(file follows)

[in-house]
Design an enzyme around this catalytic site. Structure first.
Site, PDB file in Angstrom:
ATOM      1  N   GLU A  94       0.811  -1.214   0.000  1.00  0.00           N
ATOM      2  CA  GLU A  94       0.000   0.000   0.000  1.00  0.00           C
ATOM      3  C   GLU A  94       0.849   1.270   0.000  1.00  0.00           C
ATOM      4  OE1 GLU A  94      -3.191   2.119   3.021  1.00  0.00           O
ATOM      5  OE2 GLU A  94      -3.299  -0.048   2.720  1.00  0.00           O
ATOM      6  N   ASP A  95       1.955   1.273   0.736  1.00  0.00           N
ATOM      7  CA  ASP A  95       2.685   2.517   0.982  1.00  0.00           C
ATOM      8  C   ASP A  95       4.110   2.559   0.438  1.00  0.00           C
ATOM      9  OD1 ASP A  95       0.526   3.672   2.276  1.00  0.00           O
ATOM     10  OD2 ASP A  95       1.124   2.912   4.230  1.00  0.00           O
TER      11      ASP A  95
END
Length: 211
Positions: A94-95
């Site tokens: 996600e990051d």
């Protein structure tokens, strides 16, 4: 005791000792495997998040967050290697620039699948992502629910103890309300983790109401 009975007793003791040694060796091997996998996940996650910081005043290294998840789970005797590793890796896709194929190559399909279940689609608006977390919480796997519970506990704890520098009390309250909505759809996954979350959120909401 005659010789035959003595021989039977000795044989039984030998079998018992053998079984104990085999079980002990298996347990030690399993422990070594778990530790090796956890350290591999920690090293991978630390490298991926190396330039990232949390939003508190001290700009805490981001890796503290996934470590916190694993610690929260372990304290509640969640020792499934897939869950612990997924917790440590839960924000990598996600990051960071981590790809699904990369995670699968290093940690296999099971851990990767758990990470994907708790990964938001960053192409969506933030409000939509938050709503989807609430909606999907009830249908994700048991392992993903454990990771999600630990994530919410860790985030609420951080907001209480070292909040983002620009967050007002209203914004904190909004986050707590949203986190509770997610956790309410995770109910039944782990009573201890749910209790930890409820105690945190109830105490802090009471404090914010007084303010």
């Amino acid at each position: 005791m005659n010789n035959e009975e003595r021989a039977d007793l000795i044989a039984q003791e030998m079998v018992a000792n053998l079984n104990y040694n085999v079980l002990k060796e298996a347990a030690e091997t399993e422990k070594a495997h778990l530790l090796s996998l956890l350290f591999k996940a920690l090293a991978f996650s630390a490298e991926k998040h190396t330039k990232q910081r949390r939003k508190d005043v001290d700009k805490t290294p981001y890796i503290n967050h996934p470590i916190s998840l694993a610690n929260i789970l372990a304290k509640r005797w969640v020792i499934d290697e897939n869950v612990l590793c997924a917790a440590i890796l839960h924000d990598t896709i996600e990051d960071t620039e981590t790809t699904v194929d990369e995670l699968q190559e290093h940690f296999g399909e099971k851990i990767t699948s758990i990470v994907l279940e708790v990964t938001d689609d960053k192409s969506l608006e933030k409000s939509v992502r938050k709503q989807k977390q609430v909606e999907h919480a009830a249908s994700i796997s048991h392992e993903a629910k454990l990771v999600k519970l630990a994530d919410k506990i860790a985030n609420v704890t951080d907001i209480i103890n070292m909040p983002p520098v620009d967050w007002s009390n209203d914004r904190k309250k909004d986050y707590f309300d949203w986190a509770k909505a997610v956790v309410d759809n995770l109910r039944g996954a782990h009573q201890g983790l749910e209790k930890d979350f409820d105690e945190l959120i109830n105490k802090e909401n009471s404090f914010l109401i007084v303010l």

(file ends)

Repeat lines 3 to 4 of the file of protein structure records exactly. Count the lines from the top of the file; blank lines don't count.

Site, PDB file in Angstrom:
ATOM      1  N   GLU A  94       0.811  -1.214   0.000  1.00  0.00           N